“The client decided that as long as the bulk and massing stayed sympathetic to the neighborhood, she was comfortable with a contemporary treatment: flat roof, metal siding, spare interior — She was open to that, even though it was not in her go-to idea,” says Di Piazza, a UT Austin architecture professor, originally from France, who also got a bachelor’s degree in art as well as his M. Arch. there in the 1990s. 

Di Piazza and Cobb went through an extensive design process in collaboration with the client, including building three physical models, before arriving at a scheme that all agreed was appropriate. Part of the challenge was that there was no clear program. The client wasn’t sure what she would do with the house once it was finished. “It’s very difficult to design without a specific program,” continues Di Piazza.  “We created flexible space. It can be used as a two-bed, two-and-a-

half-bath house, but the rooms allow for bigger congregations, the display of art, and there is an openness to the landscape. Early on, there was the idea that it could be used for Texas French Bread VIP events.”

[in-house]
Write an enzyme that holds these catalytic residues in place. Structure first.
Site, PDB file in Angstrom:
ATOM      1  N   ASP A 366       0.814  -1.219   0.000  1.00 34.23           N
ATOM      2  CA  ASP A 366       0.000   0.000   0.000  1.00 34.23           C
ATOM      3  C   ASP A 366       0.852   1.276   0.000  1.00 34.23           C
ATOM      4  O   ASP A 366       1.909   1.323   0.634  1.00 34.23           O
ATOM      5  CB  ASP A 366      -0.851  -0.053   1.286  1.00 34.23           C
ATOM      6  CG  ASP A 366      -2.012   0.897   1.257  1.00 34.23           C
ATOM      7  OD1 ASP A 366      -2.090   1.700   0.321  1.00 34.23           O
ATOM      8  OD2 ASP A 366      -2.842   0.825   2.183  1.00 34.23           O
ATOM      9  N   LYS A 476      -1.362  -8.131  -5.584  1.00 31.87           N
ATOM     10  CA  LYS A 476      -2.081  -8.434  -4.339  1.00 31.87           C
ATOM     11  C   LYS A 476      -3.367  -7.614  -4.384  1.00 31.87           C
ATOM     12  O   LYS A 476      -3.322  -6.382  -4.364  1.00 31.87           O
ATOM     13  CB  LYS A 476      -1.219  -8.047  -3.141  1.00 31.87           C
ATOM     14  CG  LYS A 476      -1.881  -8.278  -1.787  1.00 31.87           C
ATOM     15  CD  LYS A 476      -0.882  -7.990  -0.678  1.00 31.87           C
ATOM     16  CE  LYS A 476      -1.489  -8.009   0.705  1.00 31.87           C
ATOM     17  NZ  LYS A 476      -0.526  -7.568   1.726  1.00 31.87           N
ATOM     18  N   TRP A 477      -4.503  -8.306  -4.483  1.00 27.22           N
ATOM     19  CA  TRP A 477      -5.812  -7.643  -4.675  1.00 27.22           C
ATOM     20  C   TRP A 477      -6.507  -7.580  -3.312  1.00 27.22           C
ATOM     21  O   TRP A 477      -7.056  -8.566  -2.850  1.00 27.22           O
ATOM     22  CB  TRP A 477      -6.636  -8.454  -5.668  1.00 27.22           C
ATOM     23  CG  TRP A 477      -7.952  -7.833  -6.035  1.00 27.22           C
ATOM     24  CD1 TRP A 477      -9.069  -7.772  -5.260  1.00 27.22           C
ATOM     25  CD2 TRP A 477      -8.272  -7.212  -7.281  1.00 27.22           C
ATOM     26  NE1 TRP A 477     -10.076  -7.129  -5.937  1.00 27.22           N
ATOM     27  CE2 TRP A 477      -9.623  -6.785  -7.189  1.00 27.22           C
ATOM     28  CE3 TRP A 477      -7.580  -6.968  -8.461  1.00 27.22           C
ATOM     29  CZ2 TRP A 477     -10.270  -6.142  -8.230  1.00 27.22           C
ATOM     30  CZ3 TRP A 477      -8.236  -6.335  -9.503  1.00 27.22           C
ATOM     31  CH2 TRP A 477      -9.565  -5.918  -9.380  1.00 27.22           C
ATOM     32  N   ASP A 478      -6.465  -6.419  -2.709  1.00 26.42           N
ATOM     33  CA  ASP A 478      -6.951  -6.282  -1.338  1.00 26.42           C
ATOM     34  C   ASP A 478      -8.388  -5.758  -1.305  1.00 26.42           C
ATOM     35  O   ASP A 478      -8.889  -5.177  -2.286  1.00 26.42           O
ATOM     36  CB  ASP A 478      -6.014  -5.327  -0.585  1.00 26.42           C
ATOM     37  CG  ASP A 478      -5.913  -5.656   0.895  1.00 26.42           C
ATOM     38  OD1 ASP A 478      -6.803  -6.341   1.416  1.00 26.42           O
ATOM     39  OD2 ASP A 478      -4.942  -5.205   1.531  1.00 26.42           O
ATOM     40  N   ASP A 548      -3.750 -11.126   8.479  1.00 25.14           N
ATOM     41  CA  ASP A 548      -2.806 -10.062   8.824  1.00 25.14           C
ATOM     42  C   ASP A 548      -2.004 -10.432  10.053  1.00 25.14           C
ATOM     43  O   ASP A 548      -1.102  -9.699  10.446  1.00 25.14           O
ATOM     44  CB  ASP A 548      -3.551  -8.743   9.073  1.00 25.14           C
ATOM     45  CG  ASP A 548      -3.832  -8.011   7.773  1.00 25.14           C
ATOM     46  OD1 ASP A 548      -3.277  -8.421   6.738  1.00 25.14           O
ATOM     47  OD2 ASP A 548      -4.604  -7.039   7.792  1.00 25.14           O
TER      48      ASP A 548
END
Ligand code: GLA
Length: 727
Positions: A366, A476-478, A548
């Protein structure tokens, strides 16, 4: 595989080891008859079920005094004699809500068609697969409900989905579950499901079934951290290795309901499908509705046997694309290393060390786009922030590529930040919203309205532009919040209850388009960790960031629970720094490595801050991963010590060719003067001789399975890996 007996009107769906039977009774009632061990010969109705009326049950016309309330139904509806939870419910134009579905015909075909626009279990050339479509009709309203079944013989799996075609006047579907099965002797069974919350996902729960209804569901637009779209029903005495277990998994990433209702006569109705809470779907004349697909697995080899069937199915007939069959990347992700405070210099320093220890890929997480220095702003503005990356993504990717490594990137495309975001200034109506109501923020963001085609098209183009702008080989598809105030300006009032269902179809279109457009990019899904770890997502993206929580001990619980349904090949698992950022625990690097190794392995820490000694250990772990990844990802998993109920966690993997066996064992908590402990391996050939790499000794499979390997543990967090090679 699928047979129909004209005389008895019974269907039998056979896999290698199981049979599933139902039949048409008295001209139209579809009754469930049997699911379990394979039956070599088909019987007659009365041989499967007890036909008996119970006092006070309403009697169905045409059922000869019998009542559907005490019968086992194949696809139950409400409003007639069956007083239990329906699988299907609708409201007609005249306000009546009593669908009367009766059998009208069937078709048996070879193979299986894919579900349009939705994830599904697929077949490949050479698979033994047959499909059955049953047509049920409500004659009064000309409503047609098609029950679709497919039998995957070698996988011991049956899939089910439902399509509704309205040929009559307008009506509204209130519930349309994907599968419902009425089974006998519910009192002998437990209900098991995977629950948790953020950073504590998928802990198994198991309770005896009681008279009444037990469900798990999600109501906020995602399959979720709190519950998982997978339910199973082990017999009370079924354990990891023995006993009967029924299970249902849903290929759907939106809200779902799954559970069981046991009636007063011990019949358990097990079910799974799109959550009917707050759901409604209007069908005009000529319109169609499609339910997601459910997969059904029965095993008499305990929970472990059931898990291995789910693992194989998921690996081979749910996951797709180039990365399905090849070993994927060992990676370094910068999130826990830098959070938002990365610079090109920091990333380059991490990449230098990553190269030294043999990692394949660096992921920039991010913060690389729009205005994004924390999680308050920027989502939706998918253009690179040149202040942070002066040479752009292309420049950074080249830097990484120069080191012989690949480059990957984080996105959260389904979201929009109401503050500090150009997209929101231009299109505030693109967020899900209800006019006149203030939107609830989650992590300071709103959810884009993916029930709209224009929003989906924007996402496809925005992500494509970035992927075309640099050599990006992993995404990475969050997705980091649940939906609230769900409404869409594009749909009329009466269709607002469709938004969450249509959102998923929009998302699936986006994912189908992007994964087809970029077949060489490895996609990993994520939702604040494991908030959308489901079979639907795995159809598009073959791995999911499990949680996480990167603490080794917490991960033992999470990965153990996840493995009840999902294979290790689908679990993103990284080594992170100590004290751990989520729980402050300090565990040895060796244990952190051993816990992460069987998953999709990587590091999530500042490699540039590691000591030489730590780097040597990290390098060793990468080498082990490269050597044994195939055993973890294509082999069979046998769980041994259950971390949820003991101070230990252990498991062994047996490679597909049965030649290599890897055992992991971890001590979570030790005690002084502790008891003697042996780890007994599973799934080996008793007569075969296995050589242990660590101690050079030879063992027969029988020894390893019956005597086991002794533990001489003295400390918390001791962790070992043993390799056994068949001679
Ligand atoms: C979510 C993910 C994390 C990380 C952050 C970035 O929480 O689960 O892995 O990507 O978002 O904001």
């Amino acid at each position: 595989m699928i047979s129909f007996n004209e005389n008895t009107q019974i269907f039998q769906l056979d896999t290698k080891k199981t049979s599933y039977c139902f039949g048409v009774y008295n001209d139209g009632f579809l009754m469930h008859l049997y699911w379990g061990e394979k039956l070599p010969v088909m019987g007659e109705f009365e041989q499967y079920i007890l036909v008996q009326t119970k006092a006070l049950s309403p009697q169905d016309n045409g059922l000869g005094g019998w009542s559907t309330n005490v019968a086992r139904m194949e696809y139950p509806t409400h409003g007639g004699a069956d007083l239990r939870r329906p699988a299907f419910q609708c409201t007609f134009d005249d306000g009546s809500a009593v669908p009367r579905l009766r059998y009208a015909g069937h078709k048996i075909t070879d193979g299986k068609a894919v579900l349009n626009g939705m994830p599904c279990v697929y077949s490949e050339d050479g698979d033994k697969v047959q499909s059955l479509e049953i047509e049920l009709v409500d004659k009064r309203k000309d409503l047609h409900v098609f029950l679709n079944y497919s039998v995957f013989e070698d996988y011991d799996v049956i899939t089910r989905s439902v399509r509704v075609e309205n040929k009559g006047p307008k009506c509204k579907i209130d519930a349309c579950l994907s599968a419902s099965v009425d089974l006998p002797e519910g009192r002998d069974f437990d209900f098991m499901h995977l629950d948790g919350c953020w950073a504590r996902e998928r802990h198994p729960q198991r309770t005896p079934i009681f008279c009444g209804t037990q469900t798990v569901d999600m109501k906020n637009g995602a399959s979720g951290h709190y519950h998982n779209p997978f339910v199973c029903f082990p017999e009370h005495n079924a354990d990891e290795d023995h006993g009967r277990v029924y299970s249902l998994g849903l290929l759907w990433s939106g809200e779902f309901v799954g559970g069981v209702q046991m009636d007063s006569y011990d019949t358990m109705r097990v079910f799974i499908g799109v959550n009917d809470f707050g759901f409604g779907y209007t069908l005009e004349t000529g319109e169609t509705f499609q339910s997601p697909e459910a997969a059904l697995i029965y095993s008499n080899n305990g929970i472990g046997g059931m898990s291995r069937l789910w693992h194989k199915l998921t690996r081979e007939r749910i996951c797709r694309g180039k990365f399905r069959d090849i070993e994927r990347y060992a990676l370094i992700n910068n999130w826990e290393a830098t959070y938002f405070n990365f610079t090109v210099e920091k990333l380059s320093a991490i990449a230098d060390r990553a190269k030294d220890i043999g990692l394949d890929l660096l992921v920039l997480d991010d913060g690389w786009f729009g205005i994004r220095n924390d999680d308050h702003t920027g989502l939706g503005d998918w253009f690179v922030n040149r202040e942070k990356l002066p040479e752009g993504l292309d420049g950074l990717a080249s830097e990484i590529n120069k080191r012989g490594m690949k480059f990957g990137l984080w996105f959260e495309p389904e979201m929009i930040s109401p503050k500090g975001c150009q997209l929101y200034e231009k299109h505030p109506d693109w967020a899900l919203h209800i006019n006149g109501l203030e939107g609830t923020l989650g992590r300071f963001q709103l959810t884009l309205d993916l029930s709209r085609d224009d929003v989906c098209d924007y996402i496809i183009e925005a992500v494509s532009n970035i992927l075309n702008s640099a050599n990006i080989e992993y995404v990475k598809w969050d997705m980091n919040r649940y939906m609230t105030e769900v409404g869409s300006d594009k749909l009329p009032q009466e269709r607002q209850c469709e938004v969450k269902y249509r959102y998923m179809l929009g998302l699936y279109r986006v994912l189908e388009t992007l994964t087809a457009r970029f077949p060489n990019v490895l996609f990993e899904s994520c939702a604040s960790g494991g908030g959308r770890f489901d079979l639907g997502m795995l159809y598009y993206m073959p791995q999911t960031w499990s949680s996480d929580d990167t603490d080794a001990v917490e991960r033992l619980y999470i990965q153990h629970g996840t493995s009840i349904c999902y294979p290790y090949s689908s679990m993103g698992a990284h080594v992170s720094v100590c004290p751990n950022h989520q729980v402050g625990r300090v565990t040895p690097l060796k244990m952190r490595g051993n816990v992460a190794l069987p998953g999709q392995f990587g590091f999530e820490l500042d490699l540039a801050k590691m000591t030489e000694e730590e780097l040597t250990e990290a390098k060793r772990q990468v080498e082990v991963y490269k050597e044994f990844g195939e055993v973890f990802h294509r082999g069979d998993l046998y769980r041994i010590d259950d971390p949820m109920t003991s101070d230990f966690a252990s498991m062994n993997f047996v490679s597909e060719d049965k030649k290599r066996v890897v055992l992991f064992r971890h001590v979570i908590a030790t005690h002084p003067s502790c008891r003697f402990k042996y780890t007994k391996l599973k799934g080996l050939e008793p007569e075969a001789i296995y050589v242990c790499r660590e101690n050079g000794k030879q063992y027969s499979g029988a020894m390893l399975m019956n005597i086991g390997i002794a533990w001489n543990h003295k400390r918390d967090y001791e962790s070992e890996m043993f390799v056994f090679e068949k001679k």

Rio Grande House is a criticism, in a way, of the typical bungalow, which is dark on the interior. Here, Di Piazza and Cobb carved a courtyard into the face of the building to bring daylight to the center. The spaces flow around it in a U-shaped plan and, and as you approach the front entrance, which is also in the courtyard, you catch your first glimpse of the big live oak through the window walls that side the dining room.

The architects sought to establish a sense of movement in the interior by varying the ceiling heights. The guest suite, which is directly to the right of the entrance, has a 12-ft-high ceiling. The ceiling drops to 9 ft high through the corridor, living room, and dining room (all moving around the U plan) until it leaps up to 12 ft again in the kitchen. While it is spare and minimally detailed, Di Piazza and Cobb gave the interior a sense of warmth with white oak flooring and a Douglas fir ceiling. The master suite is on the second floor, and it opens to a roof deck, which is perhaps the best “room” in the house. Here, you are beneath the sheltering branches of the live oak: private and in touch with nature while remaining a step away from the comforts of inside living.